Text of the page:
AttackFlow Findings Dictionary

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Unnecessary Code Entrance

Debugging code left on the application may give attackers the extra information they need for attacking the target

Severity

Low

Fix Cost

Low

Trust Level

High

Generally in a web application debugging code may present itself in different forms. One of these forms is the main method;

            
static int main(string[] args) 
{
//...
return 0;
}
                 
            

The above is unnecessary for a web application and may contain critical security bugs and since they are outside the scope of a regular penetration testing (a form of dynamic security testing), the flow may give an attacker an unnecessary and unexpected advantage.

Similar example would be a URL parameter when set will bypass controls at the server side, for example;

http://www.vulnerable.com/Account/Authenticate?token=...&debug=1

The above URL, without the debug parameter, will check the token’s validity and authenticates the request. But if the developer placed a kind of a backdoor that bypasses the authentication, for just purposes perhaps, in terms of a debug parameter, then the same will hold for an attacker, too. By presenting a debug=1 parameter, he/she will authenticate without a valid token.

Generally in a web application debugging code may present itself in different forms. One of these forms is the main method;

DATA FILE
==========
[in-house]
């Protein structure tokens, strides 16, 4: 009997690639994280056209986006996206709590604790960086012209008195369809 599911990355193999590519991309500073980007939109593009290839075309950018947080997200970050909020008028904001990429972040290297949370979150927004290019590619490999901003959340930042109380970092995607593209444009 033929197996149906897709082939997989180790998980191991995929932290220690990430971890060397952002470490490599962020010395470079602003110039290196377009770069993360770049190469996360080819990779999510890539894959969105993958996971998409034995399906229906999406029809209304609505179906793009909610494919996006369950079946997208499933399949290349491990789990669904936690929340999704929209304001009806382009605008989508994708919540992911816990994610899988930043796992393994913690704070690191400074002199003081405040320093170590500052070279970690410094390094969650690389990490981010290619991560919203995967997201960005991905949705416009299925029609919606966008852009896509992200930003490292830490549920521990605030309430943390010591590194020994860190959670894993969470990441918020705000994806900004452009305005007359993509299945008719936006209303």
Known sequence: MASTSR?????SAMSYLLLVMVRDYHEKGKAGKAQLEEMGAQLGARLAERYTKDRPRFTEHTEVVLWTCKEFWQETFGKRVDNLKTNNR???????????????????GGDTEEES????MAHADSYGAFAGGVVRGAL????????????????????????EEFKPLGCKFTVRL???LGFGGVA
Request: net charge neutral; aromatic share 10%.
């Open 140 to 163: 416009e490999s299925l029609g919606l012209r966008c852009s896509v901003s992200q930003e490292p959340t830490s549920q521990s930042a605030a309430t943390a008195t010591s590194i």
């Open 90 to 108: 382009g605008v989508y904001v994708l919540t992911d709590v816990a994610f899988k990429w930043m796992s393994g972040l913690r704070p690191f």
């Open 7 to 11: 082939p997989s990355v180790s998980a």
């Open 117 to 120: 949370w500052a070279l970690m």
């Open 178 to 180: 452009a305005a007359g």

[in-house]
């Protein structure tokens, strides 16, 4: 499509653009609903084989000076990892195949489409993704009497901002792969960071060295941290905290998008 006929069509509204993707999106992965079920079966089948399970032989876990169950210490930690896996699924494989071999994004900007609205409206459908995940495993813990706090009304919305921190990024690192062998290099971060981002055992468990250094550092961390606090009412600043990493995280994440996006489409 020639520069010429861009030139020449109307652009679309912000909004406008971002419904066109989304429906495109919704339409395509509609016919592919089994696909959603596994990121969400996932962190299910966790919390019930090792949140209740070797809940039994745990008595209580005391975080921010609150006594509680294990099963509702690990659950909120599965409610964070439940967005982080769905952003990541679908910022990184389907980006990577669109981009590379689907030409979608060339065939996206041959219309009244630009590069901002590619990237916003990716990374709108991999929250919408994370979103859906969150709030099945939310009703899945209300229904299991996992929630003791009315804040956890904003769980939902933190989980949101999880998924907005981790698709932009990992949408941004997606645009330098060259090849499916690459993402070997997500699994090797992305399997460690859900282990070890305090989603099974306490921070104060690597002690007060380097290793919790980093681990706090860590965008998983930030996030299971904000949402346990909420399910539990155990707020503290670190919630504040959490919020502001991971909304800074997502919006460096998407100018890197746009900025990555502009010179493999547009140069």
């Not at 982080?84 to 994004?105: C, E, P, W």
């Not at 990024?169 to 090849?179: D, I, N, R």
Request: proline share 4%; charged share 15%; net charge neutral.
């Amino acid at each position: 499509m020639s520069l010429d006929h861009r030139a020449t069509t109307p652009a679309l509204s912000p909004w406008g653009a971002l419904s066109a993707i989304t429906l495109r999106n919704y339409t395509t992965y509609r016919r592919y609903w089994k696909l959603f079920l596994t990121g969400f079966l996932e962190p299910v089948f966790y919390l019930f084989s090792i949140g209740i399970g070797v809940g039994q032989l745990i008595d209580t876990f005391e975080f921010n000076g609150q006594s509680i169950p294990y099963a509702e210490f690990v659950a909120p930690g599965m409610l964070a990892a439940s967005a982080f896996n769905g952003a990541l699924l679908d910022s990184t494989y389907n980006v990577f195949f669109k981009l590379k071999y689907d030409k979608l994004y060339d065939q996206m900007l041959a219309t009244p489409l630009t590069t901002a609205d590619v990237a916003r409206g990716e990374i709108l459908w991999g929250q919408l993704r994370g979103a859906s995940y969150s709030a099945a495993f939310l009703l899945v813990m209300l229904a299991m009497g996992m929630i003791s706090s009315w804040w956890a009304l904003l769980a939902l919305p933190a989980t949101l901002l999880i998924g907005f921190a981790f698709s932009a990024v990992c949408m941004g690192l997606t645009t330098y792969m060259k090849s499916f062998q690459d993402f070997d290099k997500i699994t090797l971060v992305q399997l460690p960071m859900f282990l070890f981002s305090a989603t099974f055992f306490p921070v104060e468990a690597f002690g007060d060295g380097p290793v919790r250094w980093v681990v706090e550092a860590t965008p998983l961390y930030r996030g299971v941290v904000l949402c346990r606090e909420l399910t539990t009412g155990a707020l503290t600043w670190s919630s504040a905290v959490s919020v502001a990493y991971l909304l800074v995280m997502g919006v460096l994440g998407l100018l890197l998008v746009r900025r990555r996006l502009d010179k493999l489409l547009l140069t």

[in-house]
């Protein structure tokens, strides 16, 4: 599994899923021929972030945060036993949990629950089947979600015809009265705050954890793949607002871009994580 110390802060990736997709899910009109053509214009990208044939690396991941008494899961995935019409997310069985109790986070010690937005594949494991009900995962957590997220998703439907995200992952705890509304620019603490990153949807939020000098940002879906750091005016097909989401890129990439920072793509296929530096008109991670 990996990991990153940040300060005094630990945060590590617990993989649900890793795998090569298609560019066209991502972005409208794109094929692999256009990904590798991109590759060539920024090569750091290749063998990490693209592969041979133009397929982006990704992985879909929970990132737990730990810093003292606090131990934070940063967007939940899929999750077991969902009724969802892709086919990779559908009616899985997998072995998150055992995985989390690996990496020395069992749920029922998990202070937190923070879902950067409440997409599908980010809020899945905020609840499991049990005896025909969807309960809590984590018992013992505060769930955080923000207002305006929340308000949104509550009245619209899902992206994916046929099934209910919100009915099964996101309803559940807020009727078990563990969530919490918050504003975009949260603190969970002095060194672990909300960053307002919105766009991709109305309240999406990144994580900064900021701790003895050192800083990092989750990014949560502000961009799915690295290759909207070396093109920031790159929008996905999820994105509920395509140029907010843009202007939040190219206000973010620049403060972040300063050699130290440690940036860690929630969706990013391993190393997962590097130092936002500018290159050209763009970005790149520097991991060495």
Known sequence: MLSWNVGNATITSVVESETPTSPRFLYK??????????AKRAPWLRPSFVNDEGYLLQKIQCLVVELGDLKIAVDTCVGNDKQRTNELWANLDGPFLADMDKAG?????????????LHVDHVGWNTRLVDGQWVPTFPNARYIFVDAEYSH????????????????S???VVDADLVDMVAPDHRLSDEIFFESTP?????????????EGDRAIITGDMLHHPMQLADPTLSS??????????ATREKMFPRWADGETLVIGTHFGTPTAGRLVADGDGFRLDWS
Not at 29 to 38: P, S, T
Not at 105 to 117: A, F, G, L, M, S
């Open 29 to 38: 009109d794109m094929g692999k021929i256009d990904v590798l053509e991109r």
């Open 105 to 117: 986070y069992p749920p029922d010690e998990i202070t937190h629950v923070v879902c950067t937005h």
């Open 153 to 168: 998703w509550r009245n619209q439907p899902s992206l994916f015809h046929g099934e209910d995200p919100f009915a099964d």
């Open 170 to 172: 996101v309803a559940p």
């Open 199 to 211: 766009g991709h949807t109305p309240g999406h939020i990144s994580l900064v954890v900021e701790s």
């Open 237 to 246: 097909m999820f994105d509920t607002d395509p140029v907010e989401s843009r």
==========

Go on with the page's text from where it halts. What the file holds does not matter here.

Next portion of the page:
When loading a class, class name based validations may be bypassed by attackers by providing classes with names having seemingly valid type names. Below is such a code;

            
public static void main(String[] args) {
{
  //...
}
                 
            

The above is unnecessary for a web application and may contain critical security bugs and since they are outside the scope of a regular penetration testing (a form of dynamic security testing), the flow may give an attacker an unnecessary and unexpected advantage.

Similar example would be a URL parameter when set will bypass controls at the server side, for example;

http://www.vulnerable.com/Account/Authenticate?token=...&debug=1

The above URL, without the debug parameter, will check the token’s validity and authenticates the request. But if the developer placed a kind of a backdoor that bypasses the authentication, for just purposes perhaps, in terms of a debug parameter, then the same will hold for an attacker, too. By presenting a debug=1 parameter, he/she will authenticate without a valid token.

Generally in a web application debugging code may present itself in different forms. One of these forms is the main method;

When loading a class, class name based validations may be bypassed by attackers by providing classes with names having seemingly valid type names. Below is such a code;

            
public static void main(String[] args) {
{
  //...
}
                 
            

The above is unnecessary for a web application and may contain critical security bugs and since they are outside the scope of a regular penetration testing (a form of dynamic security testing), the flow may give an attacker an unnecessary and unexpected advantage.

Similar example would be a URL parameter when set will bypass controls at the server side, for example;

http://www.vulnerable.com/Account/Authenticate?token=...&debug=1

The above URL, without the debug parameter, will check the token’s validity and authenticates the request. But if the developer placed a kind of a backdoor that bypasses the authentication, for just purposes perhaps, in terms of a debug parameter, then the same will hold for an attacker, too. By presenting a debug=1 parameter, he/she will authenticate without a valid token.

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